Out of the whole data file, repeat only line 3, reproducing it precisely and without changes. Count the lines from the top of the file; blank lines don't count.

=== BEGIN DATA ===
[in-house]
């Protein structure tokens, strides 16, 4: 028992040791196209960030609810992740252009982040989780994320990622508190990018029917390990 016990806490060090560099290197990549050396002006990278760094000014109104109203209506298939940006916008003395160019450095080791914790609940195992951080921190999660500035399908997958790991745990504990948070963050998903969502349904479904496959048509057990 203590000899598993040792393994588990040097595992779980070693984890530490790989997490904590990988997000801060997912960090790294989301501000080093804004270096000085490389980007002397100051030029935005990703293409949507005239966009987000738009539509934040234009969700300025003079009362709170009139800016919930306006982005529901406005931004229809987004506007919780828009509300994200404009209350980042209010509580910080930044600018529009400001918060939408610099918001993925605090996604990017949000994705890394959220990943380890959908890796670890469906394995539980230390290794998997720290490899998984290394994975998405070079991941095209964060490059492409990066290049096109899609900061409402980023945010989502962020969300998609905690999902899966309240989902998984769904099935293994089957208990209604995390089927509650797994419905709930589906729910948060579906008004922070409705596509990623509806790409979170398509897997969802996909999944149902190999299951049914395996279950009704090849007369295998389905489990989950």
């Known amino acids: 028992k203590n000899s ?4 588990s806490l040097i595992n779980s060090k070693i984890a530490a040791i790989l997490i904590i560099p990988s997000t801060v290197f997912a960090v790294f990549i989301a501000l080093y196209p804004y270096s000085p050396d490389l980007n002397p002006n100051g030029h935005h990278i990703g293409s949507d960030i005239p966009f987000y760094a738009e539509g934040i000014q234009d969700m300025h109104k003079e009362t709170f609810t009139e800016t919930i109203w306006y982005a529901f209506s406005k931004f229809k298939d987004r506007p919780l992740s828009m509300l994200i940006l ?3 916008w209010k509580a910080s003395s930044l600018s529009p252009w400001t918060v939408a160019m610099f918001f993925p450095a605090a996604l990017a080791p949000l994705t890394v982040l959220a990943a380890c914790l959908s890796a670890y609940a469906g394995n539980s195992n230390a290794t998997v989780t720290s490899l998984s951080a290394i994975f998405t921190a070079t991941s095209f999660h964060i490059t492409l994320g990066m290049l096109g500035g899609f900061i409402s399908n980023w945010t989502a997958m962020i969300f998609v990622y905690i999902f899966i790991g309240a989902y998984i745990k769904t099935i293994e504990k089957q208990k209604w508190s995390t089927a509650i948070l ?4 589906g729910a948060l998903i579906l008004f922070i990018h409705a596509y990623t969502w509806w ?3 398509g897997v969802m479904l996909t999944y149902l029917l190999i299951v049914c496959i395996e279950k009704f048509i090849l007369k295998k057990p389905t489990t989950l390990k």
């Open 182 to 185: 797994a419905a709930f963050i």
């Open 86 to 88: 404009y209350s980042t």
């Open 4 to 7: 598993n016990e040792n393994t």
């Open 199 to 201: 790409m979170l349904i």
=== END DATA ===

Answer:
């Known amino acids: 028992k203590n000899s ?4 588990s806490l040097i595992n779980s060090k070693i984890a530490a040791i790989l997490i904590i560099p990988s997000t801060v290197f997912a960090v790294f990549i989301a501000l080093y196209p804004y270096s000085p050396d490389l980007n002397p002006n100051g030029h935005h990278i990703g293409s949507d960030i005239p966009f987000y760094a738009e539509g934040i000014q234009d969700m300025h109104k003079e009362t709170f609810t009139e800016t919930i109203w306006y982005a529901f209506s406005k931004f229809k298939d987004r506007p919780l992740s828009m509300l994200i940006l ?3 916008w209010k509580a910080s003395s930044l600018s529009p252009w400001t918060v939408a160019m610099f918001f993925p450095a605090a996604l990017a080791p949000l994705t890394v982040l959220a990943a380890c914790l959908s890796a670890y609940a469906g394995n539980s195992n230390a290794t998997v989780t720290s490899l998984s951080a290394i994975f998405t921190a070079t991941s095209f999660h964060i490059t492409l994320g990066m290049l096109g500035g899609f900061i409402s399908n980023w945010t989502a997958m962020i969300f998609v990622y905690i999902f899966i790991g309240a989902y998984i745990k769904t099935i293994e504990k089957q208990k209604w508190s995390t089927a509650i948070l ?4 589906g729910a948060l998903i579906l008004f922070i990018h409705a596509y990623t969502w509806w ?3 398509g897997v969802m479904l996909t999944y149902l029917l190999i299951v049914c496959i395996e279950k009704f048509i090849l007369k295998k057990p389905t489990t989950l390990k």